The first alternative would reduce federal revenue by $956 billion over the next ten years and by $138 billion in 2031—this is less than the ARPA credit and more than the TCJA. It also falls in between the economic effect of the other two policies, boosting long-term output by 0.1 percent. Full-time equivalent employment would expand by 45,000 full-time equivalent jobs, driven by an increase in hours worked among the first quintile (by 2.3 percent) and second quintile (by 1.1 percent), due to its effect on marginal tax rates on labor. After-tax incomes of the bottom quintile would rise by 2.4 percent in 2031.

The second alternative costs slightly more: $1.04 trillion over the next ten years and $146.4 billion in 2031, due to the $500 portion that is fully available. It would have a smaller positive effect on the economy due to the shorter phase-in range, increasing economic output by less than 0.05 percent. Full-time equivalent employment would expand by 7,000 jobs, driven by an increase in hours worked amount the first quintile (by 2.0 percent) and second quintile (by 0.7 percent). After-tax incomes of the bottom quintile would rise by 4.1 percent in 2031, larger than the first alternative because of the $500 portion of the credit that is fully available.

Appendix Table 1. Percentage Change in Hours Worked by Income Quintile, 2031
  Permanent ARPA 2021 policy Permanent TCJA Policy (with refundability limit set to $2,000) Alternative #1 Alternative #2
0% – 20.0% -0.6% +1.8% +2.3% +2.0%
20.0% – 40.0% 0.0% +0.4% +1.1% +0.7%
40.0% – 60.0% +0.1% +0.1% +0.1% +0.1%
60.0% – 80.0% +0.4% +0.7% +0.2% +0.2%
80.0% – 100% -0.1% -0.1% -0.3% -0.3%

Source: Tax Foundation General Equilibrium Model, August 2021.

Appendix Table 2. Distributional Effect of Child Tax Credit Options, 2031 (Percent Change in After-Tax Income)
  Permanent ARPA 2021 policy Permanent TCJA Policy (with refundability limit set to $2,000) Alternative #1 Alternative #2
0% – 20.0% +10.0% +1.8% +2.4% +4.1%
20.0% – 40.0% +4.8% +1.8% +3.2% +3.6%
40.0% – 60.0% +2.3% +0.9% +1.8% +1.8%
60.0% – 80.0% +1.5% +0.8% +1.2% +1.2%
80.0% – 100% +0.3% +0.3% +0.2% +0.2%
80.0% – 90.0% +0.7% +0.6% +0.5% +0.5%
90.0% – 95.0% +0.4% +0.4% +0.1% +0.1%
95.0% – 99.0% 0.2% +0.1% 0.0% 0.0%
99.0% – 100% 0.0% 0.0% 0.0% 0.0%
Total +1.5% +0.6% +0.9% +1.0%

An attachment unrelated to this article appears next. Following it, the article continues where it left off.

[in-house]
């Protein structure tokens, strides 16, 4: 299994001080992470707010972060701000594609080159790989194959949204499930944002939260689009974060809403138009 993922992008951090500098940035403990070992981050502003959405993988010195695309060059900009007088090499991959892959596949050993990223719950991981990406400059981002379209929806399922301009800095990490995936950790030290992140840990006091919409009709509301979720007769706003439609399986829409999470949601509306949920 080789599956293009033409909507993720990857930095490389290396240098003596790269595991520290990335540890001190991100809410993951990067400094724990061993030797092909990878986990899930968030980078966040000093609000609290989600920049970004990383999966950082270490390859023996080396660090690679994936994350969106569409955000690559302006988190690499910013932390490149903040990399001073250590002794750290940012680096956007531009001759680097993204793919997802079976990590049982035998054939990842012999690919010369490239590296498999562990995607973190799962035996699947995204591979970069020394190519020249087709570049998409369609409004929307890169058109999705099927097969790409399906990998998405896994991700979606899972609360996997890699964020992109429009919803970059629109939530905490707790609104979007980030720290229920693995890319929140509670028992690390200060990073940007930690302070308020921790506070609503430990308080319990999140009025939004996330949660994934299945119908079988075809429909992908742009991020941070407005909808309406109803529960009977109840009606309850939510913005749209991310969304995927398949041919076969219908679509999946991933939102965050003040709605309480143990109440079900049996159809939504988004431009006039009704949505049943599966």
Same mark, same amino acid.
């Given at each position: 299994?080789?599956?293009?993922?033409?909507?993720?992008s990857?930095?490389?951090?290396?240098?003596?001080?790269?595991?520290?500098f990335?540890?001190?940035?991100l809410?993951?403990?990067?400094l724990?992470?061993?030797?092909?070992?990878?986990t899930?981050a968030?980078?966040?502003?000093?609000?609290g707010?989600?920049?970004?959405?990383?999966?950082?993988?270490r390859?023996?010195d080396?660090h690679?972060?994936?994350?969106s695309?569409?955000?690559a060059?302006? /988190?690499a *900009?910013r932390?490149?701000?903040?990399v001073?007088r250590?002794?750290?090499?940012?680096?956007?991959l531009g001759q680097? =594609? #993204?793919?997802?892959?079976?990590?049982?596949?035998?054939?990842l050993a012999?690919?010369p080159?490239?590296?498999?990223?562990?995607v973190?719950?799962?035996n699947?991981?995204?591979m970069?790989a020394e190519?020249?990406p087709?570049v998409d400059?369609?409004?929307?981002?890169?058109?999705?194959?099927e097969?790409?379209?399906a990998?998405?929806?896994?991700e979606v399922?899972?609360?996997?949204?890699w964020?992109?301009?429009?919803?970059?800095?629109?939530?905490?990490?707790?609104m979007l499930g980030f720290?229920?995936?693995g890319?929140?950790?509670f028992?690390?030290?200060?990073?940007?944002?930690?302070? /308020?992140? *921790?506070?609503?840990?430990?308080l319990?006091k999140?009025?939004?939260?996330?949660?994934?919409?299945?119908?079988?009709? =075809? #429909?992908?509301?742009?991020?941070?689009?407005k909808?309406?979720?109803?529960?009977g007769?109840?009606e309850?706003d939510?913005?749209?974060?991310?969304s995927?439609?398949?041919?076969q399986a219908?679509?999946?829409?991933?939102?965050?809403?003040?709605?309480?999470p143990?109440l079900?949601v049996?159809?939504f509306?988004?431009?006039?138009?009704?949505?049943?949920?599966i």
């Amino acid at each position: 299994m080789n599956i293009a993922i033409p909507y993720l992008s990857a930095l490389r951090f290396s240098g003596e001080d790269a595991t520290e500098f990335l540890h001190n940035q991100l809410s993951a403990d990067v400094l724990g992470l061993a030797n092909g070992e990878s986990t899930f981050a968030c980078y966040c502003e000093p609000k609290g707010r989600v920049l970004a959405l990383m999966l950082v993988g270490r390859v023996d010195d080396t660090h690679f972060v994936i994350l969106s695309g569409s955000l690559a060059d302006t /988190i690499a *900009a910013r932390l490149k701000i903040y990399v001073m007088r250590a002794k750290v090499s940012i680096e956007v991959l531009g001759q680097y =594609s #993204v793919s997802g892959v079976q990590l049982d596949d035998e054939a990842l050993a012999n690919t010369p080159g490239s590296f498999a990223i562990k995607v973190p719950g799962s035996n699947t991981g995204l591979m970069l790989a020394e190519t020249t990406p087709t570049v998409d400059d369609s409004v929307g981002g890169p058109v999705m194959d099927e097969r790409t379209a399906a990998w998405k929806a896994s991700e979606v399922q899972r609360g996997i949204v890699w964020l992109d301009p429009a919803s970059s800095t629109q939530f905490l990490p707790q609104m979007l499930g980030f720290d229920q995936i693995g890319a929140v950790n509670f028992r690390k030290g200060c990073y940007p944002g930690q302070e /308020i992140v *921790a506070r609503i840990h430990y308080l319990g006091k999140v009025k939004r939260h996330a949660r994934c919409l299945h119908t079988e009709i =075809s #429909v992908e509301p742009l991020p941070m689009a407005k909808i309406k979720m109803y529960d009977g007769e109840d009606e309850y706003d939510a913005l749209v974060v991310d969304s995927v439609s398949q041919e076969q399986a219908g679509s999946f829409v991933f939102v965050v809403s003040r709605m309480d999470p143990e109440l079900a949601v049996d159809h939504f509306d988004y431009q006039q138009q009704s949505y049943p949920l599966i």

Note: Conventional change in after-tax income in year 2031. Source: Tax Foundation General Equilibrium Model, August 2021.

Appendix Table 3. Ten-Year Revenue Effects of Child Tax Credit Options (Billions of Dollars)
  2022 2023 2024 2025 2026 2027 2028 2029 2030 2031 2022-2031
Permanent ARPA 2021 policy -$101.6 -$101.1 -$100.2 -$98.8 -$195.9 -$202.4 -$203.3 -$204.3 -$205.2 -$207.8 -$1,620.6
Permanent TCJA Policy (with refundability limit set to $2,000) -$2.2 -$2.2 -$2.2 -$1.5 -$86.7 -$92.4 -$94.6 -$96.9 -$99.0 -$102.4 -$580.1
Alternative #1 -$40.2 -$40.1 -$39.6 -$38.6 -$125.6 -$131.4 -$132.9 -$134.3 -$135.5 -$138.0 -$956.2
Alternative #2 -$48.9 -$48.4 -$47.7 -$46.4 -$135.6 -$141.1 -$142.3 -$143.4 -$144.3 -$146.4 -$1,044.3

Source: Tax Foundation General Equilibrium Model, August 2021.

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The Tax Cuts and Jobs Act in 2017 overhauled the federal tax code by reforming individual and business taxes. It was pro-growth reform, significantly lowering marginal tax rates and cost of capital. We estimated it reduced federal revenue by $1.47 trillion over 10 years before accounting for economic growth.

The federal child tax credit (CTC) is a partially refundable credit that allows low- and moderate-income families to reduce their tax liability dollar-for-dollar by up to $2,000 for each qualifying child. The credit phases out depending on the modified adjusted gross income amounts for single filers or joint filers.

After-tax income is the net amount of income available to invest, save, or consume after federal, state, and withholding taxes have been applied—your disposable income. Companies and, to a lesser extent, individuals, make economic decisions in light of how they can best maximize after-tax income.

The marginal tax rate is the amount of additional tax paid for every additional dollar earned as income. The average tax rate is the total tax paid divided by total income earned. A 10 percent marginal tax rate means that 10 cents of every next dollar earned would be taken as tax.

A tax credit is a provision that reduces a taxpayer’s final tax bill, dollar-for-dollar. A tax credit differs from deductions and exemptions, which reduce taxable income, rather than the taxpayer’s tax bill directly.